Being the “Best Mom” While Dealing With Mental Illness


My son made me this small drawing a few weeks ago, right around Mother’s Day. I’ve been keeping it on my desk so that I can enjoy it every day.

But when I see it on my desk, today in particular, I kind of have to cry a little.

Because you see, there are so many days that I feel far from being the “best mom.” There are so many days that I feel this little picture was ill-awarded to me like I really didn’t deserve the title or the sweet hand-drawn picture.

Recently I have found myself really struggling with life’s pressures, our current societal situation, and my own debilitating depression and anxiety issues. I’ve been juggling a lot. Learning to work from home, learning to “homeschool” my kindergartener and 2nd grader, taking care of my house and daily duties, and social distancing from the friends and family I love the most.

I’m missing my routine and stress-relieving trips to Target. I’m suffering from a serious Starbucks’ drink withdrawal (my Keurig just isn’t the same), and I’m full of self-doubt and negative self-talk. My emotions of frustration and anger, sadness and hopelessness, have boiled over more times than I can count lately, resulting in a lot of yelling and crying in front of my kids.

I admit I’ve been extremely hard to deal with over the past couple of months, and I am quite positive that my kids have sometimes blamed themselves for Mommy’s outbursts of screams and tears.

Most recently, I found myself angry because my house was a mess, and school projects were due. Work was stressful, and I was overwhelmed with life itself. I stood at my kitchen sink throwing dishes around as I angrily loaded the dishwasher, yelling at no one in particular, but shouting at the air around me, uttering a few expletives, and crying my eyes out. All while both of my kids hid out in their bedrooms and listened to my emotions come to a head.

once I realized what I was actually doing, and how I may actually be impacting my poor, sweet innocent babies, at the expense of my own mental illness and life struggles, I went to my bedroom and locked myself inside. I didn’t want to expose them to such negativity anymore that day.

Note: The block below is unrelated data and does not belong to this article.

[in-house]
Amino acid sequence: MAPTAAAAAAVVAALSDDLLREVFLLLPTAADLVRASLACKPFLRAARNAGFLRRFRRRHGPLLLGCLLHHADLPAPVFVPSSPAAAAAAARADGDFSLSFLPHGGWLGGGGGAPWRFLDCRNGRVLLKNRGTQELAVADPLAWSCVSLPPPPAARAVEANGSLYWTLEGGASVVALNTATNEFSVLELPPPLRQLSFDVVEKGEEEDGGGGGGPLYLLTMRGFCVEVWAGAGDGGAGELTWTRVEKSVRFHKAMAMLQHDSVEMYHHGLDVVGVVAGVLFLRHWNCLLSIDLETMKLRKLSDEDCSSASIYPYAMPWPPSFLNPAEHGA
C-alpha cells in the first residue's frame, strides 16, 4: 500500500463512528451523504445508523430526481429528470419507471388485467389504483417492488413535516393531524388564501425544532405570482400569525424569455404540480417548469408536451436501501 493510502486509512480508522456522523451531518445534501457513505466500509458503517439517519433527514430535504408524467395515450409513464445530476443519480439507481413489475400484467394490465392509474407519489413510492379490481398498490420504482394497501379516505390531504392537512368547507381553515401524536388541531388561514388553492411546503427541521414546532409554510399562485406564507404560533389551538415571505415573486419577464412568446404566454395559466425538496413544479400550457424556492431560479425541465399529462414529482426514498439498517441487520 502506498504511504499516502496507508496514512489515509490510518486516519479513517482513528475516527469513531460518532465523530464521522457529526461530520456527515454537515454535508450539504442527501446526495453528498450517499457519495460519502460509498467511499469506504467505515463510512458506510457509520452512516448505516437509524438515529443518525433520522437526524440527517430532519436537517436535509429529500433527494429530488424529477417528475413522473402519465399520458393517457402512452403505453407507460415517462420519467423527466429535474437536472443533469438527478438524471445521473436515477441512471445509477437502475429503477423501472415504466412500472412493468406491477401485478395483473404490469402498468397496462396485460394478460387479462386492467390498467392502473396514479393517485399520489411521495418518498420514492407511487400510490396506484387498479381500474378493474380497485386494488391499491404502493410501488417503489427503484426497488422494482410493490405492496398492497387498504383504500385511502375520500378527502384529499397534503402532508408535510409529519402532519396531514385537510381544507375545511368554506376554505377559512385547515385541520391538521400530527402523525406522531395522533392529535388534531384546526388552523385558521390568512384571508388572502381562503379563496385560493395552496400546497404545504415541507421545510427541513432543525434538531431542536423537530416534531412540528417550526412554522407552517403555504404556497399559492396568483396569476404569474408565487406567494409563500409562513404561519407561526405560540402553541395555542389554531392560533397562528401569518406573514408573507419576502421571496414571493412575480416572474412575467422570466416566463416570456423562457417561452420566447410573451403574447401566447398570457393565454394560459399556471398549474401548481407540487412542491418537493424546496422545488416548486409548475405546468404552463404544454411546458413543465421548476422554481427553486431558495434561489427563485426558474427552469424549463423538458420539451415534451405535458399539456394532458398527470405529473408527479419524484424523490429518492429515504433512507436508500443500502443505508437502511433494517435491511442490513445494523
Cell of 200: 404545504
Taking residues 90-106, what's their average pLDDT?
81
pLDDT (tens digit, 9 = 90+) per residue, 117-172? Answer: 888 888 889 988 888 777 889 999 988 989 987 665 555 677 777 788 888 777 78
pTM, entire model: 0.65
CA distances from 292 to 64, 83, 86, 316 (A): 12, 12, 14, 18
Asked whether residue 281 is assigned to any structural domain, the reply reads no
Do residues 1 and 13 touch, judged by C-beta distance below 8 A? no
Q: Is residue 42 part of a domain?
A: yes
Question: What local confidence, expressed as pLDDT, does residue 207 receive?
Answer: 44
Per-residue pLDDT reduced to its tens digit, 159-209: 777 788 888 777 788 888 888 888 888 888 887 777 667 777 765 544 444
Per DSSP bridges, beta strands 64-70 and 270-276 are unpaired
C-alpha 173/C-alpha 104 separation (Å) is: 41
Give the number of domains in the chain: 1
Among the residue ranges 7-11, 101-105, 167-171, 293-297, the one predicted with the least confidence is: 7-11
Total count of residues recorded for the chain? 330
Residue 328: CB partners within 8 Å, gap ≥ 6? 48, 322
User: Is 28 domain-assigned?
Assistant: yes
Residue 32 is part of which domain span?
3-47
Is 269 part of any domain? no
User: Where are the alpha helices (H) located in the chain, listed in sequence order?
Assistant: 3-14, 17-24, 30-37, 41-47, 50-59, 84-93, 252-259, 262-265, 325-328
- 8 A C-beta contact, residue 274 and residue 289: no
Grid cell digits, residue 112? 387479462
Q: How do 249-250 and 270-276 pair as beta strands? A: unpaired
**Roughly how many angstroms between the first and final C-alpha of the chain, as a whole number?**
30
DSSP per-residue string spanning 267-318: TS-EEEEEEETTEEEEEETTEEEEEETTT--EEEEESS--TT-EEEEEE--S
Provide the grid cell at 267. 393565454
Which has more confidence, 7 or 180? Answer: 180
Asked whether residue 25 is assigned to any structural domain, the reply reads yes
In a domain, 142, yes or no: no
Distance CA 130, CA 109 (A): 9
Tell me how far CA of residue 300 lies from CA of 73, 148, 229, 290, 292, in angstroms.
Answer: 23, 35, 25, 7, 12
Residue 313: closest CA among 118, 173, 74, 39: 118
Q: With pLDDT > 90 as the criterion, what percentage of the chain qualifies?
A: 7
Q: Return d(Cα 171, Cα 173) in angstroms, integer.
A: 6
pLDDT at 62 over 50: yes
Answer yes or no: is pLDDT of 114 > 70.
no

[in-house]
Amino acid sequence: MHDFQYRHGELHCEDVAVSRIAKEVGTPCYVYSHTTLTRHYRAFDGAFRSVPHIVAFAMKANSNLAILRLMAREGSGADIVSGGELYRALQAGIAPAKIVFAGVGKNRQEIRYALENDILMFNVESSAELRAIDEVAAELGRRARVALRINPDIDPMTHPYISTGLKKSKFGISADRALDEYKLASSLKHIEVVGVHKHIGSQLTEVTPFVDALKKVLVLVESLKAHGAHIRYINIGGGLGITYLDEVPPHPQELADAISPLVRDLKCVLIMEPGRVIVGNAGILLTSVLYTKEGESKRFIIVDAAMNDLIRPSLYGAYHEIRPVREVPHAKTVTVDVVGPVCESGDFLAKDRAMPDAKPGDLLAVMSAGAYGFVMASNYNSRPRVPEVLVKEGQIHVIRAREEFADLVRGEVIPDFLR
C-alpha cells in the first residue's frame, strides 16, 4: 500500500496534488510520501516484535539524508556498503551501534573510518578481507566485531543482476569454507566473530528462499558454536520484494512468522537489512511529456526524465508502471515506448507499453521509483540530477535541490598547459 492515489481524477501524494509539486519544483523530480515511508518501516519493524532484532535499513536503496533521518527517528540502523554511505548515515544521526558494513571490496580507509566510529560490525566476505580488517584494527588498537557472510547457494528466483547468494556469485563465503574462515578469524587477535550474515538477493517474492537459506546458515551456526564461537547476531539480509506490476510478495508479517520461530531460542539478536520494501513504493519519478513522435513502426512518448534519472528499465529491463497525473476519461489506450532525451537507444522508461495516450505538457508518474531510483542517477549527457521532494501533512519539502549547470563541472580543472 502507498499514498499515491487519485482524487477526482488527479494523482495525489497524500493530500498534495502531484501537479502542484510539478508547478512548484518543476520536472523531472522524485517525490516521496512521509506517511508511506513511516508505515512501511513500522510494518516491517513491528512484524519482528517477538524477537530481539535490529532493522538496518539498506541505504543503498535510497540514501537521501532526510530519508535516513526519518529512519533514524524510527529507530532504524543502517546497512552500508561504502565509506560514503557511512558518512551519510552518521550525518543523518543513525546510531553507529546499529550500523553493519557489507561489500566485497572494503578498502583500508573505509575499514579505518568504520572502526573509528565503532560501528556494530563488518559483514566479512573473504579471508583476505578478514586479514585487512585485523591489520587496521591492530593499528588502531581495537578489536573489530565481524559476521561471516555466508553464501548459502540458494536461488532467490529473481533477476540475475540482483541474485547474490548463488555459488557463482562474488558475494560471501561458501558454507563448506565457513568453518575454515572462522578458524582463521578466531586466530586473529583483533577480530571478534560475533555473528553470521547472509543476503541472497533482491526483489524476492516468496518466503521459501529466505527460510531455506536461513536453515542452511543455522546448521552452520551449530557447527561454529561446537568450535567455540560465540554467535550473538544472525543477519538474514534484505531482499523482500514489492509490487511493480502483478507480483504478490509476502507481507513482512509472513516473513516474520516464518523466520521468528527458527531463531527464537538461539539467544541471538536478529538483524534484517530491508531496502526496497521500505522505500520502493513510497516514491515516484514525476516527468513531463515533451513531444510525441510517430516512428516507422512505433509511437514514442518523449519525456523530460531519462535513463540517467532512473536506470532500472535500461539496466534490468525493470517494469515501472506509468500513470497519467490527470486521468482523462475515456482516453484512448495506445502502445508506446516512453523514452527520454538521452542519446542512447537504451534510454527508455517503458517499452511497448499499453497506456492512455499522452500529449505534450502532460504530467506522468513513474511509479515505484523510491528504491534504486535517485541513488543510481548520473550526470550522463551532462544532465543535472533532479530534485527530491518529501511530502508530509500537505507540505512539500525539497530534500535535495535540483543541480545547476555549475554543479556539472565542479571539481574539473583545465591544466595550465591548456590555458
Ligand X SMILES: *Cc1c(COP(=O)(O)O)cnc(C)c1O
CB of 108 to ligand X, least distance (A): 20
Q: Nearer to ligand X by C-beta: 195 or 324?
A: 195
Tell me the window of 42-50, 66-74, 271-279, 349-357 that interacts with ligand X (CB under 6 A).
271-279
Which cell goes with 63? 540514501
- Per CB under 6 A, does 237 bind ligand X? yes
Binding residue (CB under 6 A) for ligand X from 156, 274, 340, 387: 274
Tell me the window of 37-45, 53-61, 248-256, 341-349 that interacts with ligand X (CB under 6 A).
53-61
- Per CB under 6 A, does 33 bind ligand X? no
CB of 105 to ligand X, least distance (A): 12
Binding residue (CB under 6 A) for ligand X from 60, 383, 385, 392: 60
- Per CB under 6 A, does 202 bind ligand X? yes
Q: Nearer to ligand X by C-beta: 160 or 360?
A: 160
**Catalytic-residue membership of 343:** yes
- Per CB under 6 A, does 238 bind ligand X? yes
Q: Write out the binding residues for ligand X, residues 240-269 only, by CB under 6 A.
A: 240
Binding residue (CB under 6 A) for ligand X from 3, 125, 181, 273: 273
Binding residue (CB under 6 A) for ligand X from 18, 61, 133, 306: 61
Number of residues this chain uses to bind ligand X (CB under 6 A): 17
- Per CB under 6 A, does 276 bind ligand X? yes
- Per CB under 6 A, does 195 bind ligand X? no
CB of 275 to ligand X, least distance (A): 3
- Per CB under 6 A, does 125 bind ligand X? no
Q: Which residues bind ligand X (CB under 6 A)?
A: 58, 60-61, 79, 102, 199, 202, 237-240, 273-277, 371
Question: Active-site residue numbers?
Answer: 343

My kids are six and eight. They are old enough to mostly take care of themselves during the day, and they are old enough to realize that their mommy is sick. I have explained to them a few times that mommy gets sad and angry sometimes for reasons that she can’t really explain, and that it’s certainly not their fault.

Do they understand?

Do they indeed accept that it’s not their fault, and not shame themselves for being the cause of Mommy’s tears?

I’m not exactly sure. I can only hope that they know that none of my struggles are because of them. I only pray that they realize that I love them more than life itself and that my illness and emotions are not because of something that they did or did not do.

I’m reassured of this by this small picture, by the cards and drawings and kisses and hugs that I constantly receive, all in love, from my two perfect babies. I am reassured that they understand Mommy doesn’t blame them for her illness and that they really do understand my immense love for them.

I’m far from perfect, and sometimes my kids suffer the wrath of my depression and anxiety and frustrations with life. The fact that they witness my emotional turmoil and outbursts of irrational feelings really hurts my heart. It sort of makes me more depressed and makes me hate myself a little. But the fact that my little ones look above all this at me and truly LOVE me, that is what makes living this hard and crazy life with the daily struggles of mental illness ALL WORTH IT.

I have come to realize that God gave me those two babies to SAVE me. To motivate me to push through the depression and anxiety and life’s struggles. To always remind me how beautiful life is, and how much I am really loved and needed. He gave me these little beings to draw me sweet pictures that make me both smile and cry. And, above all, to tell me each and every day that they love me and that I am the “best mom” to them that I can be.

*If you are feeling overwhelmed or not your typical self, please reach out to your doctor. Take care of yourself by sharing your feelings with those around you or by getting professional help.


    • Awwww thank you so much for your sweet words… if I can reach one person, then I have done my job as a mom, as a writer, and as a human being! Sending love, Sherry!

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